Earlier in 2019, when a Brexit-fuelled General Election was looking increasingly likely, Jeremy Corbyn revived discussion about his plans to renationalise the water industry. The mere idea of nationalising the water industry sent shockwaves through the utilities industry. It’s led to some interesting reactions.
Value of the water industry
It was reported that, should Labour win the next General Election, they would aim to pay less than £15 billion to investors. This compares with an estimated £44 billion which is deemed the market value of these investor’s investments. The reasoning for this is to do with the shareholder equity of the 15 different English water companies. The cost would be met by issuing new bonds.
It’s worth noting that this is at odds with other estimates of the total value of the industry. For example, the industry regulator, Ofwat, has estimated the value as £73 billion (including debt).
The news about renationalising the water sector led to a flurry of activity which has been dubbed ‘Corbyn-proofing’. This doesn’t just apply to the water industry. The Labour Party have talked about nationalising other utility sectors too (electricity and gas) as well as railways and the Royal Mail. Corbyn’s reasoning is that profit shouldn’t have a place in public services.
Within the water industry, one such example of Corbyn-proofing was the move by Thames Water to add a clause to its bonds. This additional clause was added with the intention of ensuring that bond holders would be repaid in the first instance in the event of nationalisation.
The news about the potential for renationalisation also brings another problem: fear over new investment in utilities such as water. If investors fear that they will not see good returns on their investment in the sector, they won’t opt to make such investments. They will look elsewhere within the private sector. This could prove to be problematic for the industry, desperate to repair and reinstate large swathes of old mains.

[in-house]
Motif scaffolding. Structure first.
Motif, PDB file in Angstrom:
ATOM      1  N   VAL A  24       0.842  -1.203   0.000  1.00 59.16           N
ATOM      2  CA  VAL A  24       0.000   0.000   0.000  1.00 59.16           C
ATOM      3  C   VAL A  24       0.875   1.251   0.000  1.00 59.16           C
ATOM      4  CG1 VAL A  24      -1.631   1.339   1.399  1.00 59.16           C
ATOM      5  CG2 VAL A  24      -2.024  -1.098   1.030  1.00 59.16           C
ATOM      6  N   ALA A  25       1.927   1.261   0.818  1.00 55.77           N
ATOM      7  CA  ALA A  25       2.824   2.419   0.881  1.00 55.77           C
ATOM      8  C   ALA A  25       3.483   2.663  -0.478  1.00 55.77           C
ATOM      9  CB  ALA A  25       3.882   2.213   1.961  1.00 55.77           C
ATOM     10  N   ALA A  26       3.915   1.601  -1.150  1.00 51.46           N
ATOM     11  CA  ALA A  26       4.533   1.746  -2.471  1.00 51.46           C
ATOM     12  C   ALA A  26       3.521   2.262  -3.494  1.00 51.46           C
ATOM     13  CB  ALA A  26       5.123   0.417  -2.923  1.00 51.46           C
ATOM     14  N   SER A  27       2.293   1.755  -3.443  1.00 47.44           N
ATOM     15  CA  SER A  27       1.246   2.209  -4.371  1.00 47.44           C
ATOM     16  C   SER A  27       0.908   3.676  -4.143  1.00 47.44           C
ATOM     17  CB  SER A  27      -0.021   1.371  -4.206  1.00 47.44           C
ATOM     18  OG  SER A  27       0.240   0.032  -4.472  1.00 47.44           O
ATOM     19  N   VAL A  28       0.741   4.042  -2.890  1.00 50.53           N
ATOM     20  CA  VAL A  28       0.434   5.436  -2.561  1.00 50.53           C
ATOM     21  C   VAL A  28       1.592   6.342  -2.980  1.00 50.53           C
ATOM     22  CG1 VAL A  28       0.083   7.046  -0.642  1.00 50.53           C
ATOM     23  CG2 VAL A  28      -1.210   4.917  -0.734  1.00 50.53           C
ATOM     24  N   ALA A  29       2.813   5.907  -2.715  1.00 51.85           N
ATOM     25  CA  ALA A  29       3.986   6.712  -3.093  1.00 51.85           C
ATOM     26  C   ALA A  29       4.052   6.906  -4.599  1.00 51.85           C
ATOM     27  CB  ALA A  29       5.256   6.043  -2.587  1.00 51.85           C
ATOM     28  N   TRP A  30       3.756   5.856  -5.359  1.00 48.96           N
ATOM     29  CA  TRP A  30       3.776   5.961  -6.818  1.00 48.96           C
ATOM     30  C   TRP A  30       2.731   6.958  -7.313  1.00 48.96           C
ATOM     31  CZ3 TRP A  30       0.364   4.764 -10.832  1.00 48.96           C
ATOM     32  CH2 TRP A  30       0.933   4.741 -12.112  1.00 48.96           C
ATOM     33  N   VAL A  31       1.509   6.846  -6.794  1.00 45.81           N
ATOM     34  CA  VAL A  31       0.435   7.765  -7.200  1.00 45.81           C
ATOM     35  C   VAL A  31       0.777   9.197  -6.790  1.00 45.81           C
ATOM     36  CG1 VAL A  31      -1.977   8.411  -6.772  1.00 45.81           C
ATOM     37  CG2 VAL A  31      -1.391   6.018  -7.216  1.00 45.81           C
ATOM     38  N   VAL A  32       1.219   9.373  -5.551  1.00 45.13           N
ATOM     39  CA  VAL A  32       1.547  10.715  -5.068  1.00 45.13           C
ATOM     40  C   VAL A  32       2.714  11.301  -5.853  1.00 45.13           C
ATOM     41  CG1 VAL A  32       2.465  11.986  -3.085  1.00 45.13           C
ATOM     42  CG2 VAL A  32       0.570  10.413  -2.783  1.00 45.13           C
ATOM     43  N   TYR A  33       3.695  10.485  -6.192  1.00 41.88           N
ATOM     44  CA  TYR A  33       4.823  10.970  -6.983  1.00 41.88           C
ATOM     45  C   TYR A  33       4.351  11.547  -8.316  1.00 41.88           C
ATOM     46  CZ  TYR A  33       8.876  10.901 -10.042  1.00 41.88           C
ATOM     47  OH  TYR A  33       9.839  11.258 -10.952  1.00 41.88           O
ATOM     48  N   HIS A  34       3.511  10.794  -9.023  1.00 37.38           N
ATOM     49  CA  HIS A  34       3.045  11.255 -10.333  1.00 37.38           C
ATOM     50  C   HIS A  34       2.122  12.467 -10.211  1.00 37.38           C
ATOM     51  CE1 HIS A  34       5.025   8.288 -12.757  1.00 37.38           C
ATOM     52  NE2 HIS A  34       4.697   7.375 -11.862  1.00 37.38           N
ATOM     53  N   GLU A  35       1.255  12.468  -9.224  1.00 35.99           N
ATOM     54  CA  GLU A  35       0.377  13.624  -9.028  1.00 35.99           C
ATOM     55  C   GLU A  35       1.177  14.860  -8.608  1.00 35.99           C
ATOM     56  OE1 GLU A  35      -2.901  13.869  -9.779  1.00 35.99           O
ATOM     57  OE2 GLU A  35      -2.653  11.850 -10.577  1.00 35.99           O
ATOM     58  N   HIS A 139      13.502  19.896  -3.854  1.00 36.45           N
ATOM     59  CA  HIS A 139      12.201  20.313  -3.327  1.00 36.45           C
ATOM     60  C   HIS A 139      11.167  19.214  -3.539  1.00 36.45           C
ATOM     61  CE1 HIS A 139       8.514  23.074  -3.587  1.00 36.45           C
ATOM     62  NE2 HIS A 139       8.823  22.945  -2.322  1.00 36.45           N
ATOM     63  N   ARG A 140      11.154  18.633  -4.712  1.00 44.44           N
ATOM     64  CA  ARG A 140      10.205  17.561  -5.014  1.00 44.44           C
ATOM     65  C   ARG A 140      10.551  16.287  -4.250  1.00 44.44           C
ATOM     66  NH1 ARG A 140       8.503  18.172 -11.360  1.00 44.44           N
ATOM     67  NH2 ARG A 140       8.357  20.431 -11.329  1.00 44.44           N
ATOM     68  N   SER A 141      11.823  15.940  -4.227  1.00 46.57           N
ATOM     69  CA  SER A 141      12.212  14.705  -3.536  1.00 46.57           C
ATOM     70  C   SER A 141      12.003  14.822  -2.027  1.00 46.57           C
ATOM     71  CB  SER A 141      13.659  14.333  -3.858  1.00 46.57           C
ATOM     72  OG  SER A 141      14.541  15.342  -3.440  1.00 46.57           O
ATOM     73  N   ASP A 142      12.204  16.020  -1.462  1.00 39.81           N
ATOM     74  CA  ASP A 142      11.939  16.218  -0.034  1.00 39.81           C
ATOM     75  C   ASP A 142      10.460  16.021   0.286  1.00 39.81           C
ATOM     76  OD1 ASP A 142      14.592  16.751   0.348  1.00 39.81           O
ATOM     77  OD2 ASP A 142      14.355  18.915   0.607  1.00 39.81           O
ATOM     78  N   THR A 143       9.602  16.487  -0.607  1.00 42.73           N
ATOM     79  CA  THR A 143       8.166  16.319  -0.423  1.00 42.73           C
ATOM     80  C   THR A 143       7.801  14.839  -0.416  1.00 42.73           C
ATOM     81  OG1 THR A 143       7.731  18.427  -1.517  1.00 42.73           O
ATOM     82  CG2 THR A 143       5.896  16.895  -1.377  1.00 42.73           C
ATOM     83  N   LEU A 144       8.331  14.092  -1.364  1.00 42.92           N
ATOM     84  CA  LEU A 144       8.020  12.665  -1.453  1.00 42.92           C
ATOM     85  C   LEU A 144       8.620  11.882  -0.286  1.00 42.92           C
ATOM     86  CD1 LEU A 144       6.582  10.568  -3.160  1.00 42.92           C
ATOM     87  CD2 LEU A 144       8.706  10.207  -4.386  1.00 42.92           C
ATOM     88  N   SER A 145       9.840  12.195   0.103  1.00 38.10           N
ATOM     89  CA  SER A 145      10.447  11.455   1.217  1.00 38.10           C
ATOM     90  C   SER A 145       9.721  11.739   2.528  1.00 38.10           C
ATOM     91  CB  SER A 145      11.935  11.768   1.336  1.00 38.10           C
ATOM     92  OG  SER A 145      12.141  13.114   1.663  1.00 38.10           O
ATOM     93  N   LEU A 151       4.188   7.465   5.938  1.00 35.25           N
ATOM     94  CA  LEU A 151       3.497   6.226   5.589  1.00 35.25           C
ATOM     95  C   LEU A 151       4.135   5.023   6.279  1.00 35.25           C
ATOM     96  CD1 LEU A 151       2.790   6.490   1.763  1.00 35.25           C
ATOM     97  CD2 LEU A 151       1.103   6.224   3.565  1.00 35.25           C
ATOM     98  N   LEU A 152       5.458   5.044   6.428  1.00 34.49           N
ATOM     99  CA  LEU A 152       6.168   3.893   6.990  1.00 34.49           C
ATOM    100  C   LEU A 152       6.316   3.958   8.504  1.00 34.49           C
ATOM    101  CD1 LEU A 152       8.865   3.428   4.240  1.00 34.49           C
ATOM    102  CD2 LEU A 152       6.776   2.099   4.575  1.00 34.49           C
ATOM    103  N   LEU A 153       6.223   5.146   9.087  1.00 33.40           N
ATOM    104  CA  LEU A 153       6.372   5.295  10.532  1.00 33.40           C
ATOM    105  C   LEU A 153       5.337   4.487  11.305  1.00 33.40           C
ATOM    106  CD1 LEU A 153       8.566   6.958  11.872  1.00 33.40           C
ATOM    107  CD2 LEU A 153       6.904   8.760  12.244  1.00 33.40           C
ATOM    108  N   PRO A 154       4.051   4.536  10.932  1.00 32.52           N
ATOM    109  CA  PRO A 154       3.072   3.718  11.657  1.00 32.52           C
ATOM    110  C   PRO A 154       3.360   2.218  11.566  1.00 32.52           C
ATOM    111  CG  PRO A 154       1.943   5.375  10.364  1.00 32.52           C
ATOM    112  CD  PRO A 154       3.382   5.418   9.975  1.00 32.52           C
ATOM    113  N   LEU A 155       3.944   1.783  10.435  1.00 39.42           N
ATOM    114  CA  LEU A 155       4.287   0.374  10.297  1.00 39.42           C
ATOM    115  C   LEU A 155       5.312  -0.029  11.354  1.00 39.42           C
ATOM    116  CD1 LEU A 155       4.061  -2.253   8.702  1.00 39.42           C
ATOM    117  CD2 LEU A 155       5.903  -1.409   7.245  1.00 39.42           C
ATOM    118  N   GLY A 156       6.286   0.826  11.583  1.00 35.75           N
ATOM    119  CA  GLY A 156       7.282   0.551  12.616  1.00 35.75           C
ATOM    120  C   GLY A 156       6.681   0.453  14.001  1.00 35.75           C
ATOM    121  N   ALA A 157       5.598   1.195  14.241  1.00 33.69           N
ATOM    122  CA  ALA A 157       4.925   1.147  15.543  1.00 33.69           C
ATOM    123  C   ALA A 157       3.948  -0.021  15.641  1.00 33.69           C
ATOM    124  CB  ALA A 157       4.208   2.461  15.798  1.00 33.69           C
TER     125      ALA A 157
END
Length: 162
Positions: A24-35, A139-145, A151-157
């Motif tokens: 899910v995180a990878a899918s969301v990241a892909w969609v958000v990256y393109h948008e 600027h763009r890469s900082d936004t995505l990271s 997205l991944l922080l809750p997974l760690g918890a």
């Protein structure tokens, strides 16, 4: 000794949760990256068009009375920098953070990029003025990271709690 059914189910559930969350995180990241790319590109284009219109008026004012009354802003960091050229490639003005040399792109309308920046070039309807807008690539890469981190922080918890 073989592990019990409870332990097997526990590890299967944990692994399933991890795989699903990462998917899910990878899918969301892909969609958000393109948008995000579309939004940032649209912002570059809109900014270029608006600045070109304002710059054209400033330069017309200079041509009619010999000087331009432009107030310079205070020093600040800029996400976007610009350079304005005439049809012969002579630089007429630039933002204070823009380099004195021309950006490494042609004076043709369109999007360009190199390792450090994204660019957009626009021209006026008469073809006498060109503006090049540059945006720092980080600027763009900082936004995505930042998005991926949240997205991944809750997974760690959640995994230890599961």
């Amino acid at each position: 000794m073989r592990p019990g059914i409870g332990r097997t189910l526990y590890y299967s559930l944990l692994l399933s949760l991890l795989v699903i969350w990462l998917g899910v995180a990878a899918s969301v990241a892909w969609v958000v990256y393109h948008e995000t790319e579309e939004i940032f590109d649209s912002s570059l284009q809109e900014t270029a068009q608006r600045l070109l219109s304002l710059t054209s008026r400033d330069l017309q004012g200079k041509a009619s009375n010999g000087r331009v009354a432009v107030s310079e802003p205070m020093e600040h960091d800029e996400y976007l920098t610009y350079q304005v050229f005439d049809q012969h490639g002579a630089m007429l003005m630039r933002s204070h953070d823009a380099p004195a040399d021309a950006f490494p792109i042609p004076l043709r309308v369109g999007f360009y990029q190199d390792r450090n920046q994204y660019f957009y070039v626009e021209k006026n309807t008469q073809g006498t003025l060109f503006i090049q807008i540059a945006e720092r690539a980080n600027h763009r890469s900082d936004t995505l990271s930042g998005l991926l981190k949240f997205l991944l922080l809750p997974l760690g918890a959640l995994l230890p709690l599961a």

However, there is the issue of whether ‘Corbyn-proofing’ would even work. There have been some assertions that the Government, should it choose to go down the nationalisation route, could simply decide to make legal changes annulling such clauses as that added by Thames Water.
What does matter is the effect it has already had simply by mentioning nationalisation as an option. Indeed, the talk about nationalisation in the spring had significant reverberations. Credit Suisse strategist Mark Freshney stated: “The nationalisation debate has taken something like 10-15 percent off the share prices.”
The future of the water sector
For now a General Election seems to have been diverted. However, British politics is relatively unstable compared with its usually stable persona, and of course a General Election will come at some point not too far away. Whilst there is time for proposed policies to change and experience kick-back, the whole sector should be aware that changes as drastic as nationalisation are always possible.